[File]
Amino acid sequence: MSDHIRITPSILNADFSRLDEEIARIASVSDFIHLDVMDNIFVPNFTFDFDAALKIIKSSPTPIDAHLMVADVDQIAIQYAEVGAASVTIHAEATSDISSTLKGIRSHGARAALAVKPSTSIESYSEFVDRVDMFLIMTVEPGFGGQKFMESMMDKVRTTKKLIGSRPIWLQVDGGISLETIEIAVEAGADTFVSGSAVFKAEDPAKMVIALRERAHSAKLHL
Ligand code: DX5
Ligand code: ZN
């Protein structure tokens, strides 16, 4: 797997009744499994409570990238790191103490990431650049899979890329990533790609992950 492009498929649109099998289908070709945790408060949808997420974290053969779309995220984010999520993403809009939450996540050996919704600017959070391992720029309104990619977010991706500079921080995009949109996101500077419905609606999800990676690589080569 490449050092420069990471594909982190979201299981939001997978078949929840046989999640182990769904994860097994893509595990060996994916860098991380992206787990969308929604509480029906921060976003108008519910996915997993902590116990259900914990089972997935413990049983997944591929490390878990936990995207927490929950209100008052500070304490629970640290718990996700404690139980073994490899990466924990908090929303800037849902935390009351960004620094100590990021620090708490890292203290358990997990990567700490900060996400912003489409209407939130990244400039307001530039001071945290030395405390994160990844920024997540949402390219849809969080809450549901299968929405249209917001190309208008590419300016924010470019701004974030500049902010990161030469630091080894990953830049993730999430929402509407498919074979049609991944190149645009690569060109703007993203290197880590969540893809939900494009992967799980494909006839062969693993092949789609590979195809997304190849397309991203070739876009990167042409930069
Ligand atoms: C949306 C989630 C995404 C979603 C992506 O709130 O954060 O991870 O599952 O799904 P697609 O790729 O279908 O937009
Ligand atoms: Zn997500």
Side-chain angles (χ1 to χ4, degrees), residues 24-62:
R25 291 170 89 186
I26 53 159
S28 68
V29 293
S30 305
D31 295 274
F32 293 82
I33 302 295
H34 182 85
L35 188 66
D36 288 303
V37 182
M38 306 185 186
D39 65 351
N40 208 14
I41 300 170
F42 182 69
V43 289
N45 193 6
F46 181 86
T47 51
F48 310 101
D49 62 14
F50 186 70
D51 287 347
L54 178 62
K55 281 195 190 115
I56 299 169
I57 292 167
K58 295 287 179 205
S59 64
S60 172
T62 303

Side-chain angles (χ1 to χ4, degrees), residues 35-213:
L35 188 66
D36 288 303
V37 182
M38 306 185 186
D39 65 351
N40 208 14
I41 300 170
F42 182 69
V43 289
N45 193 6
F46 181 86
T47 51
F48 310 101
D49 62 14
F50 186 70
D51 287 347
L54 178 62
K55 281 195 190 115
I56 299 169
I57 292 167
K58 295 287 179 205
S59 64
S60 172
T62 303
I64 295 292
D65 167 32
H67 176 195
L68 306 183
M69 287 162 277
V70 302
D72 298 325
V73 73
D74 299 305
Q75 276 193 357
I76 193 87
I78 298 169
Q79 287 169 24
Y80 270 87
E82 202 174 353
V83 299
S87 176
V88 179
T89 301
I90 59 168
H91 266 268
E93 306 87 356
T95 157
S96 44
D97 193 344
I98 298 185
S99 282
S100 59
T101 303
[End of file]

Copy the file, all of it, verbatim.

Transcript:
Amino acid sequence: MSDHIRITPSILNADFSRLDEEIARIASVSDFIHLDVMDNIFVPNFTFDFDAALKIIKSSPTPIDAHLMVADVDQIAIQYAEVGAASVTIHAEATSDISSTLKGIRSHGARAALAVKPSTSIESYSEFVDRVDMFLIMTVEPGFGGQKFMESMMDKVRTTKKLIGSRPIWLQVDGGISLETIEIAVEAGADTFVSGSAVFKAEDPAKMVIALRERAHSAKLHL
Ligand code: DX5
Ligand code: ZN
């Protein structure tokens, strides 16, 4: 797997009744499994409570990238790191103490990431650049899979890329990533790609992950 492009498929649109099998289908070709945790408060949808997420974290053969779309995220984010999520993403809009939450996540050996919704600017959070391992720029309104990619977010991706500079921080995009949109996101500077419905609606999800990676690589080569 490449050092420069990471594909982190979201299981939001997978078949929840046989999640182990769904994860097994893509595990060996994916860098991380992206787990969308929604509480029906921060976003108008519910996915997993902590116990259900914990089972997935413990049983997944591929490390878990936990995207927490929950209100008052500070304490629970640290718990996700404690139980073994490899990466924990908090929303800037849902935390009351960004620094100590990021620090708490890292203290358990997990990567700490900060996400912003489409209407939130990244400039307001530039001071945290030395405390994160990844920024997540949402390219849809969080809450549901299968929405249209917001190309208008590419300016924010470019701004974030500049902010990161030469630091080894990953830049993730999430929402509407498919074979049609991944190149645009690569060109703007993203290197880590969540893809939900494009992967799980494909006839062969693993092949789609590979195809997304190849397309991203070739876009990167042409930069
Ligand atoms: C949306 C989630 C995404 C979603 C992506 O709130 O954060 O991870 O599952 O799904 P697609 O790729 O279908 O937009
Ligand atoms: Zn997500």
Side-chain angles (χ1 to χ4, degrees), residues 24-62:
R25 291 170 89 186
I26 53 159
S28 68
V29 293
S30 305
D31 295 274
F32 293 82
I33 302 295
H34 182 85
L35 188 66
D36 288 303
V37 182
M38 306 185 186
D39 65 351
N40 208 14
I41 300 170
F42 182 69
V43 289
N45 193 6
F46 181 86
T47 51
F48 310 101
D49 62 14
F50 186 70
D51 287 347
L54 178 62
K55 281 195 190 115
I56 299 169
I57 292 167
K58 295 287 179 205
S59 64
S60 172
T62 303

Side-chain angles (χ1 to χ4, degrees), residues 35-213:
L35 188 66
D36 288 303
V37 182
M38 306 185 186
D39 65 351
N40 208 14
I41 300 170
F42 182 69
V43 289
N45 193 6
F46 181 86
T47 51
F48 310 101
D49 62 14
F50 186 70
D51 287 347
L54 178 62
K55 281 195 190 115
I56 299 169
I57 292 167
K58 295 287 179 205
S59 64
S60 172
T62 303
I64 295 292
D65 167 32
H67 176 195
L68 306 183
M69 287 162 277
V70 302
D72 298 325
V73 73
D74 299 305
Q75 276 193 357
I76 193 87
I78 298 169
Q79 287 169 24
Y80 270 87
E82 202 174 353
V83 299
S87 176
V88 179
T89 301
I90 59 168
H91 266 268
E93 306 87 356
T95 157
S96 44
D97 193 344
I98 298 185
S99 282
S100 59
T101 303